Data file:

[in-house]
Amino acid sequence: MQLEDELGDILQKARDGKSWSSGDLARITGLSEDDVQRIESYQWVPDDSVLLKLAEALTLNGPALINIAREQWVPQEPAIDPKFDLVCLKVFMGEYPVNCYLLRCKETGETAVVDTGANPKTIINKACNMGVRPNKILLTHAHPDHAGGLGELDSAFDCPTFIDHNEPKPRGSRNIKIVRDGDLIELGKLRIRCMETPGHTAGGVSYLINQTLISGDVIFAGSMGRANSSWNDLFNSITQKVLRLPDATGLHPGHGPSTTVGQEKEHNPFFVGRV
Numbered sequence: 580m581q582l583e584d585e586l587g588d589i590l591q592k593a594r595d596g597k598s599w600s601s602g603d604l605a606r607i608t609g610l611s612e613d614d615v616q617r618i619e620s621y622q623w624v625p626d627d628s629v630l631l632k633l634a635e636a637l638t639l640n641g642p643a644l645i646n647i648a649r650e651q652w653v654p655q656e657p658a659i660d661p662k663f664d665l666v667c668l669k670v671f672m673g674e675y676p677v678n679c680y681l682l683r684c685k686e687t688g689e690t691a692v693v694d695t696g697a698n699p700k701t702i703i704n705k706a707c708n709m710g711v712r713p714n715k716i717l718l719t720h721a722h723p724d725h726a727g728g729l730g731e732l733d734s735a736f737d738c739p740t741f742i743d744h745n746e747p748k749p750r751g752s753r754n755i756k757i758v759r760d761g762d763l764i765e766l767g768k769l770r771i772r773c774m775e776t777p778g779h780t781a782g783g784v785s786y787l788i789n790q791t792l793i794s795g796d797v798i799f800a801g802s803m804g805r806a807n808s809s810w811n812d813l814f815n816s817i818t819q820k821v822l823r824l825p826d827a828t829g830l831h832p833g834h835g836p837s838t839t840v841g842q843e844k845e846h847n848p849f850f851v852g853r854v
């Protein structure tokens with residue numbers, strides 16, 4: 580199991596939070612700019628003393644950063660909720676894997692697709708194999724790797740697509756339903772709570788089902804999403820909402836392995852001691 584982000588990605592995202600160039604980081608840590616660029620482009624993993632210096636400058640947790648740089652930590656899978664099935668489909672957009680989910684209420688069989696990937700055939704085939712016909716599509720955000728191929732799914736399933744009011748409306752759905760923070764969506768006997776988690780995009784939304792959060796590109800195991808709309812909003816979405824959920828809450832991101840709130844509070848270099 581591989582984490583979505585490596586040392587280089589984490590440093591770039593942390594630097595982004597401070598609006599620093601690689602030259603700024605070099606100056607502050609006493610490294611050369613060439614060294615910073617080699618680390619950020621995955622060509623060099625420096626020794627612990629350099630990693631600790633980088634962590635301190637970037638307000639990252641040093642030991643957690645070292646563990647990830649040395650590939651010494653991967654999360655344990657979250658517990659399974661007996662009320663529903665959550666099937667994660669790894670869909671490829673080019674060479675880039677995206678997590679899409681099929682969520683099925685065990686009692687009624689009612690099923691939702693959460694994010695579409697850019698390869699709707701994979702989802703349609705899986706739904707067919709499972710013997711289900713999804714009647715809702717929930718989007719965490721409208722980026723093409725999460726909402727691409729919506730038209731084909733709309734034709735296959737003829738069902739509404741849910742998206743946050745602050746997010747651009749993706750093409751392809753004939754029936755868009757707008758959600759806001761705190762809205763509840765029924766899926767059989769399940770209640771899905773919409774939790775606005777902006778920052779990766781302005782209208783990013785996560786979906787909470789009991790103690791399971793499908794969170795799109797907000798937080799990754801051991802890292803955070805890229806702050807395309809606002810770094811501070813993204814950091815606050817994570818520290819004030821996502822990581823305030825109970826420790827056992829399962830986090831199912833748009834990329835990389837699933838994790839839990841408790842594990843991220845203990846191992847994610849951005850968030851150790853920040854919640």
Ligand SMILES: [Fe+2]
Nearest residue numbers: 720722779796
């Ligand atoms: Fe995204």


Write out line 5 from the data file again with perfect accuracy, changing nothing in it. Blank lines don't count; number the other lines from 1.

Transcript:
Ligand SMILES: [Fe+2]